Thank you for allowing me to submit my short story “Zed’s Crisis” for possible inclusion in Forlorn Magazine’s themed issue The Buds of Spring, to be published online this April or May. You may recall that I, Nash Briggs, previously submitted a story called “Zed’s Decision” for your themed issue The Cusp of Winter back in September, and that you rejected it for reasons never made clear to me. Be that as it may, rest assured that “Zed’s Crisis” is a completely different story from “Zed’s Decision,” in that the work has been thoroughly revised and proofread all over again.
Your submission guidelines urge me to mention that I have added $3 to the “tip jar” on the submission page, which entitles me to a decision on publication no later than six weeks from the date of submission, plus editorial feedback. I will hold you to all of that.
Your guidelines also ask for a 50-word third-person bio, any relevant publication history, and the address of my Paypal account in case my story is accepted and I am entitled to the $10 payment from your generous coffers. All that is easy. My bio should read: Nash Briggs is a hard-working, hard-writing man who works and writes. I have no publication history, and my PayPal account, if I have one, is the same as my email account, for all I know.
Your guidelines also require that I mention any trigger and content warnings my story contains, and since to be honest there’s a lot to mention here, let’s get started. There are, though I’ve kept them to an absolute minimum out of consideration for my readers, references to racism, homophobia, sexism, classism, child molestation, animal cruelty including bestiality, rape, and bloodletting including decapitation. Why these particular topics should bring on attacks of hypersensitivity in people is beyond my ken, but there you have the worst of my offenses.
There may also be whiffs of antisemitism and Nazism, though these last two are perhaps more in the mind of the beholder than objectively present in the writing. Still, some members of my writers’ critique group, leftists and non-Aryans as you might expect, insist they are there, so I’ll mention them.
All the other triggers I listed, racism, sexism, and homophobia and so on, are certainly in the story, but there’s a reason for that. “Zed’s Crisis” is about a man from eastern Columbus, Ohio, who lives with his wife and dog not far from the campus of Ohio State University, within walking distance of a football stadium and a large medical treatment center. He’s resided in this cauldron since his birth, and at age 72, he knows a thing or two about living a decent and honorable life, and about breaking the law and instigating civil unrest when he needs to. He doesn’t hesitate to crack some skulls when the situation calls for it. Sure, his neighbors say he’s depraved and ignorant, but some of the things he has to say about affirmative action and gay marriage make good sense and deserve a hearing. Same goes for his views on animal rights and women’s suffrage.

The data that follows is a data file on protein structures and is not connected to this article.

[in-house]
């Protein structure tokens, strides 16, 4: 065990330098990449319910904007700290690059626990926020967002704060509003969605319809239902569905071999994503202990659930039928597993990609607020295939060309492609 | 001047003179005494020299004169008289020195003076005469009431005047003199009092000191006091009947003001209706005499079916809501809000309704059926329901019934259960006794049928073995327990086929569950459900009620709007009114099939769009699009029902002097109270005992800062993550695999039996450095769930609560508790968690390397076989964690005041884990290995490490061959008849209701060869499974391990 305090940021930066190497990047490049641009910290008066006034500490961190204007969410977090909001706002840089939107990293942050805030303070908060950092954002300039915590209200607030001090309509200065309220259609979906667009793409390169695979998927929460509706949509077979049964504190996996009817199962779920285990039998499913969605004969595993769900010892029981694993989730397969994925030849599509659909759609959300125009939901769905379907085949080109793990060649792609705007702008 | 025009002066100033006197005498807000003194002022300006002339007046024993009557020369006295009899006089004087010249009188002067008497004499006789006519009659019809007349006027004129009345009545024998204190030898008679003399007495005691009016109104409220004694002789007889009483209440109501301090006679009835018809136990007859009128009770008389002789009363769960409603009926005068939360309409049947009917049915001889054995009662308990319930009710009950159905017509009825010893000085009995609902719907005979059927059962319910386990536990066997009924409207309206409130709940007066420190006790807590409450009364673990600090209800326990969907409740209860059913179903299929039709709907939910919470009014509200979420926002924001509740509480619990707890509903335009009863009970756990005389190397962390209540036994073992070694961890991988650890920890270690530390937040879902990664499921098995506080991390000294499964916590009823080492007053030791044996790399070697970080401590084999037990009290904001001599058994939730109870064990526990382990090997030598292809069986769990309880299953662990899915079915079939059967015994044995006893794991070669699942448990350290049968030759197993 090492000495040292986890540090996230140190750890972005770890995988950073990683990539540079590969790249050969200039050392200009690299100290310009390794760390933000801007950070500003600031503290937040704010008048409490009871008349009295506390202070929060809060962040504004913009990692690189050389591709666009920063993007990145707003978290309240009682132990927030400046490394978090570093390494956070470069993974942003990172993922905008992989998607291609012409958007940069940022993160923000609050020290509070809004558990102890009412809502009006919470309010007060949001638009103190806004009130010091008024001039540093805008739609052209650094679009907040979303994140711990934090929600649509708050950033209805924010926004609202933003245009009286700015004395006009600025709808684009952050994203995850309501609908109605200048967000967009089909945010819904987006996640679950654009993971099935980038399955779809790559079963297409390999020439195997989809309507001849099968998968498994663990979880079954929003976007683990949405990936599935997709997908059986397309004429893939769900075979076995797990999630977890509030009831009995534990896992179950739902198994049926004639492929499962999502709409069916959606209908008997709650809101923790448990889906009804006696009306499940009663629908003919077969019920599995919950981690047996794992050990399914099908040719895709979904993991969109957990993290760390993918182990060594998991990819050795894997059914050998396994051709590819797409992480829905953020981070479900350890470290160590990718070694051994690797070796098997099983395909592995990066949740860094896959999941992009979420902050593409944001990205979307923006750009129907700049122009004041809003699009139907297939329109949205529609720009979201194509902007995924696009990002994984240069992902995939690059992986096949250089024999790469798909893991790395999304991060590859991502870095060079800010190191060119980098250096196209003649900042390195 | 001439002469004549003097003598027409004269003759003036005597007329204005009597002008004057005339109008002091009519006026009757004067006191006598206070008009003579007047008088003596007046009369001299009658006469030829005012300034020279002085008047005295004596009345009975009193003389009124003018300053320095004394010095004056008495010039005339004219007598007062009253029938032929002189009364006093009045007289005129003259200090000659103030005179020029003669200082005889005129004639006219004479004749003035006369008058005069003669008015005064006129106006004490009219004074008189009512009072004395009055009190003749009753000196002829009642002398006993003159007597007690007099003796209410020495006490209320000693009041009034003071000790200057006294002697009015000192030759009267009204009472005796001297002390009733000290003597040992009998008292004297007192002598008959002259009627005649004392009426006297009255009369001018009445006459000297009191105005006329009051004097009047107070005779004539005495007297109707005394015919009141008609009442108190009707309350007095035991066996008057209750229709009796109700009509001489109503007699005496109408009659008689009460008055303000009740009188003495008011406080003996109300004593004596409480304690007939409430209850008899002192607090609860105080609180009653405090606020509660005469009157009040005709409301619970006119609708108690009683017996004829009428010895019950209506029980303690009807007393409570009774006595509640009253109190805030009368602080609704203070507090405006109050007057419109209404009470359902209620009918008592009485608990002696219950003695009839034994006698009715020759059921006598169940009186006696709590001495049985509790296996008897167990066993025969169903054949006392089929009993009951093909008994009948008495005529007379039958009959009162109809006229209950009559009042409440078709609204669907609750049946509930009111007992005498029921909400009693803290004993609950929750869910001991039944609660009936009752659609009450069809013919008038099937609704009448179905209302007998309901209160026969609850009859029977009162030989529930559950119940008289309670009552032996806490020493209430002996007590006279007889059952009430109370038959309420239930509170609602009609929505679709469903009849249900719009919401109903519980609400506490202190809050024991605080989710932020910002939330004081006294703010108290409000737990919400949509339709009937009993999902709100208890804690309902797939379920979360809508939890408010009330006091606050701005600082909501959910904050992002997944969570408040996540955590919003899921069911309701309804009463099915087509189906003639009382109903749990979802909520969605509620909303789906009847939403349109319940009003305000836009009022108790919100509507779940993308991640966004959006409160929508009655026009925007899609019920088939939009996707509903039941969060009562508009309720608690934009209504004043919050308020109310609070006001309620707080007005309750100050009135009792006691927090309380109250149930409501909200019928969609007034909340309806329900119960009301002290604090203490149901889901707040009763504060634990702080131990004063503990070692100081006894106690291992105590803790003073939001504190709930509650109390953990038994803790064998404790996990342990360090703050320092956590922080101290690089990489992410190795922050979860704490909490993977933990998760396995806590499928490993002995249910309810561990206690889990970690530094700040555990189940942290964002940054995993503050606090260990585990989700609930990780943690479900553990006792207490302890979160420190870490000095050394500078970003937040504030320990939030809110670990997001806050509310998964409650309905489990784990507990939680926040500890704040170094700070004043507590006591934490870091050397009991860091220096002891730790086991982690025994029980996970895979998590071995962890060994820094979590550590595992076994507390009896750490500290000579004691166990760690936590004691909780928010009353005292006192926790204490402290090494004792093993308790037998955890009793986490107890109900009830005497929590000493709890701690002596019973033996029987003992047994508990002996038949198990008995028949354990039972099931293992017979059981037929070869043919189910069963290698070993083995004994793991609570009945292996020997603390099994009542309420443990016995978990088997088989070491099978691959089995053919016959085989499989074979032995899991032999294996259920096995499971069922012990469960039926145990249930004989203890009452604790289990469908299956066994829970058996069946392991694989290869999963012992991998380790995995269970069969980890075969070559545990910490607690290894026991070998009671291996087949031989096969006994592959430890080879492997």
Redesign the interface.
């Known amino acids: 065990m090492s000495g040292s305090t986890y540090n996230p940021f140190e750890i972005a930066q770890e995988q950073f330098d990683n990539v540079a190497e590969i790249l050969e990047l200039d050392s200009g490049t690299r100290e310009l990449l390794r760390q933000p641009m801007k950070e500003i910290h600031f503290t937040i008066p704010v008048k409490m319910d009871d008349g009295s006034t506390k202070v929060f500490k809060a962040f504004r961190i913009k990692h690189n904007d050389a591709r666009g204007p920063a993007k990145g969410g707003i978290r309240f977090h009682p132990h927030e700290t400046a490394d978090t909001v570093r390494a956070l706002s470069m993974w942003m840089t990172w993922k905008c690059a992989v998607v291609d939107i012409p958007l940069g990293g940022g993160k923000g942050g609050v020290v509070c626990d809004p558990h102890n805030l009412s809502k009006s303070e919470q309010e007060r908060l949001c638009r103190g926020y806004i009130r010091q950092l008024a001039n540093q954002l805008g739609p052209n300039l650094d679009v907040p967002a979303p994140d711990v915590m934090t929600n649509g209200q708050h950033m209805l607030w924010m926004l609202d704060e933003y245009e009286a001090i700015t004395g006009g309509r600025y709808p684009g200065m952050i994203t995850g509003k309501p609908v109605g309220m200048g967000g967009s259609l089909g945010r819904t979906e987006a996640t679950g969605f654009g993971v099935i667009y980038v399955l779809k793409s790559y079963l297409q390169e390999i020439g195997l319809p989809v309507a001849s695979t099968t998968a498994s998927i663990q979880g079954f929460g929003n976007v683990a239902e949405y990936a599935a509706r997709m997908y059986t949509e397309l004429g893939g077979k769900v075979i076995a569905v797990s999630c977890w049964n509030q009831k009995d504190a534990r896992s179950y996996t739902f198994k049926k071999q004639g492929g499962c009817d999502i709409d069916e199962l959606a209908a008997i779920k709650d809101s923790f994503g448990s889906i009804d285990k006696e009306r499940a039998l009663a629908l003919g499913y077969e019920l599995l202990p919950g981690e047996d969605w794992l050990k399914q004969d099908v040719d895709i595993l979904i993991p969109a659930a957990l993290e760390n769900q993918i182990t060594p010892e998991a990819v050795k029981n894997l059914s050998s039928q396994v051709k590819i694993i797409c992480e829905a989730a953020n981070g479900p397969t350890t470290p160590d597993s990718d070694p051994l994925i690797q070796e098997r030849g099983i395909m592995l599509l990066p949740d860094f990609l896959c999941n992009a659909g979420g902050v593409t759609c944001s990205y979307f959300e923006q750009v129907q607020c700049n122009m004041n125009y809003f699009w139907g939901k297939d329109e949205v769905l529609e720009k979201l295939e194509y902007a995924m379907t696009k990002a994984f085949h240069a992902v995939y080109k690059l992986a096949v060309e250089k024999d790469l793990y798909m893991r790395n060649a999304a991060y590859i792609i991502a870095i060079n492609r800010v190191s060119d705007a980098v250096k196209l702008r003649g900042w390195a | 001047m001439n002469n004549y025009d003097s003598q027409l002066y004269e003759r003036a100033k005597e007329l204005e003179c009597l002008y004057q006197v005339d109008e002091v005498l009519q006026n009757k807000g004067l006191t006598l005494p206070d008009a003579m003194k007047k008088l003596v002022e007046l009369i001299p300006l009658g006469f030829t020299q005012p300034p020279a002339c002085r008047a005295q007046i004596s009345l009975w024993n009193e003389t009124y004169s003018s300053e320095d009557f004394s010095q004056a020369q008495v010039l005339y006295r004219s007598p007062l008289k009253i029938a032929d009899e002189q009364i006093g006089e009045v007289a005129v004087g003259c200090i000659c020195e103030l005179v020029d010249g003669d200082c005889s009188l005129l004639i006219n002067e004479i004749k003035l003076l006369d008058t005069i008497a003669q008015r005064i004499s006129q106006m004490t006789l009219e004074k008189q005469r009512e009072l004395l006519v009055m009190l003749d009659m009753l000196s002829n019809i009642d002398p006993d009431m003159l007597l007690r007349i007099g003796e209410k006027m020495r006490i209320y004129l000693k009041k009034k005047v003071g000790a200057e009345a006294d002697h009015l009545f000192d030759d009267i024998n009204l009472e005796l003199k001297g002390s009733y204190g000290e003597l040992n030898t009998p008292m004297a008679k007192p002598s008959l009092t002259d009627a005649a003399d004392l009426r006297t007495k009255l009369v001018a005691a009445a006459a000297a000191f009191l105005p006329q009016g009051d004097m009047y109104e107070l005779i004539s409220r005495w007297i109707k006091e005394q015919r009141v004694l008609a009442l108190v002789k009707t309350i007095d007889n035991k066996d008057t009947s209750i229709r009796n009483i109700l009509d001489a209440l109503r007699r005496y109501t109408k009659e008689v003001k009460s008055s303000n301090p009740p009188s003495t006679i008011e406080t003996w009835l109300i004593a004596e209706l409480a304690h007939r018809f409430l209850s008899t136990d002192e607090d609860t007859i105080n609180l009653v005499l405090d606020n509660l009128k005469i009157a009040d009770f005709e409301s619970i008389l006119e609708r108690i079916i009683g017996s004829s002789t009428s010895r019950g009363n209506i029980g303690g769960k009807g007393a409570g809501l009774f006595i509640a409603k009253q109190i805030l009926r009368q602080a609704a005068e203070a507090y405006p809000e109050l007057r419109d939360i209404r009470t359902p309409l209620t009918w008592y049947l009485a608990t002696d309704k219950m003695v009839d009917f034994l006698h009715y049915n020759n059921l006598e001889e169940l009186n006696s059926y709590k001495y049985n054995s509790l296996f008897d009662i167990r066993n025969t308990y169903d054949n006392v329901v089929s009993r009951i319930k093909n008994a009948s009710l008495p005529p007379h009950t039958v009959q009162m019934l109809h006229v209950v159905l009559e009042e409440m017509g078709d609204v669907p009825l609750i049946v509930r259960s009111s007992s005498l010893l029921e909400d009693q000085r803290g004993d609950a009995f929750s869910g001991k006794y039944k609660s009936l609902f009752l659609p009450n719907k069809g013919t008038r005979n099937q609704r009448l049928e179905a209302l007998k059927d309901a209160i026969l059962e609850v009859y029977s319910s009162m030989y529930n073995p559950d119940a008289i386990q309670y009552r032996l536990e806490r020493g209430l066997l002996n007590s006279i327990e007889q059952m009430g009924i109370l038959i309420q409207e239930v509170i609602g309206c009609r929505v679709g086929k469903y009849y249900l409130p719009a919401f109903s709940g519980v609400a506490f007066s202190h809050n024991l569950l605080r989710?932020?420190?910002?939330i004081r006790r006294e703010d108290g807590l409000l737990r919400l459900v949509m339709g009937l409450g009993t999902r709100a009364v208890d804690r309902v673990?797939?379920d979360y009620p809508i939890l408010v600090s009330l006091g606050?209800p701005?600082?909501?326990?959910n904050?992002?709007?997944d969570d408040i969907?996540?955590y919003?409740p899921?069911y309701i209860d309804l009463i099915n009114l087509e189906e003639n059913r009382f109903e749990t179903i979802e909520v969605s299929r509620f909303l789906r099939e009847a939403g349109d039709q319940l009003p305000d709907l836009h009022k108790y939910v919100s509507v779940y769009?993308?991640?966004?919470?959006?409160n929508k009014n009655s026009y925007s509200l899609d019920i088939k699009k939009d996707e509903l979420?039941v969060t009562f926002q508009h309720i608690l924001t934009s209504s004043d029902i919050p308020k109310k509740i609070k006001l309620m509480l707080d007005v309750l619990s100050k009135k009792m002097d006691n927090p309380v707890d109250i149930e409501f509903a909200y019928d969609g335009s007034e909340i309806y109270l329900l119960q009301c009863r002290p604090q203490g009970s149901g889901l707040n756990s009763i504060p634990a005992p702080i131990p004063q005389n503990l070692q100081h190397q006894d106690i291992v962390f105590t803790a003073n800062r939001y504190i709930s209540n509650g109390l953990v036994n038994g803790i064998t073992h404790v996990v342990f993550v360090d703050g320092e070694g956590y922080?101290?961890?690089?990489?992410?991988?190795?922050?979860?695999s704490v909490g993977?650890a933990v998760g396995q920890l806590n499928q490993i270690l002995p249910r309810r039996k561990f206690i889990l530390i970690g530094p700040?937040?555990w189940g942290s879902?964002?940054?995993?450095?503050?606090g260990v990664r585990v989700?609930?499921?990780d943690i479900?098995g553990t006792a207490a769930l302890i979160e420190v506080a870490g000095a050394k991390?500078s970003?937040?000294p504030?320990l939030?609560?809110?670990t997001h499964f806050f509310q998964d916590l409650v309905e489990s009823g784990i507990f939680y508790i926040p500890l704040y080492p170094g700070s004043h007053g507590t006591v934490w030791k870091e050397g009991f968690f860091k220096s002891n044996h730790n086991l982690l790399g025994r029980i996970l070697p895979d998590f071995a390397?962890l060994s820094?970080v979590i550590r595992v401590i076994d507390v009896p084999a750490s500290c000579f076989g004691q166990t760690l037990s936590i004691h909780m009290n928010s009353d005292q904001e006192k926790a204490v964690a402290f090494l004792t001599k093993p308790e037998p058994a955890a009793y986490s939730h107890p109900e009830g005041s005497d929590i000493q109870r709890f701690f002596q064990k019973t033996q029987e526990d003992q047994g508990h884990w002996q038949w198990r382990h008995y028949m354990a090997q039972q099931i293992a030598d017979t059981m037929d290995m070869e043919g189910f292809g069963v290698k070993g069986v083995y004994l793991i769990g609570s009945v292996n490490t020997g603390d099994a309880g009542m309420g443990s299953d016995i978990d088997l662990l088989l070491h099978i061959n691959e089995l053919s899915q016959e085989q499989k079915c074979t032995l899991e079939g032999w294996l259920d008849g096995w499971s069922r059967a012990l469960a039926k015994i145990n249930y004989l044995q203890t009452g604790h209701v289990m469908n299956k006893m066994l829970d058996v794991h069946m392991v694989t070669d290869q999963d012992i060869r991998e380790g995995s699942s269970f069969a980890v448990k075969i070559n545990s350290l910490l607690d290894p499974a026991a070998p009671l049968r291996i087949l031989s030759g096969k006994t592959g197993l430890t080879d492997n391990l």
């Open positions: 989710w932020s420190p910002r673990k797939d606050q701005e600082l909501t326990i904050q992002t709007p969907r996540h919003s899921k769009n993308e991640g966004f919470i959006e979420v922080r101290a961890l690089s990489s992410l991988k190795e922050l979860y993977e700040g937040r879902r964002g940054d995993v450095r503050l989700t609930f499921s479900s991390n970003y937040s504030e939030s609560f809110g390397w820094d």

I’d say it would pay to listen carefully to all his other controversial beliefs too, except maybe his nod to Nazism, but that one is just Zed being Zed. If you read all 800 words of my submission, which as you’ll note falls under the category of flash fiction and shouldn’t take long to digest, you’ll see that these triggers define Zed, that they fill him out as a person, and that without them his character falls flat.
The guidelines also ask for a brief synopsis of the story, but I don’t want to give away a whole lot of the plot. I think I’ve said enough already, and I’d prefer that you savor the story and be surprised. Let me just add that when Zed kills all those people and sets the dog on fire, he’s completely justified. There: any more than that and I’d give away the store.
Thanks for reading my work, and I hope to hear from you soon.
Michael Fowler is a sometime humor writer who can’t shake the jokes.
image: MM Kaufman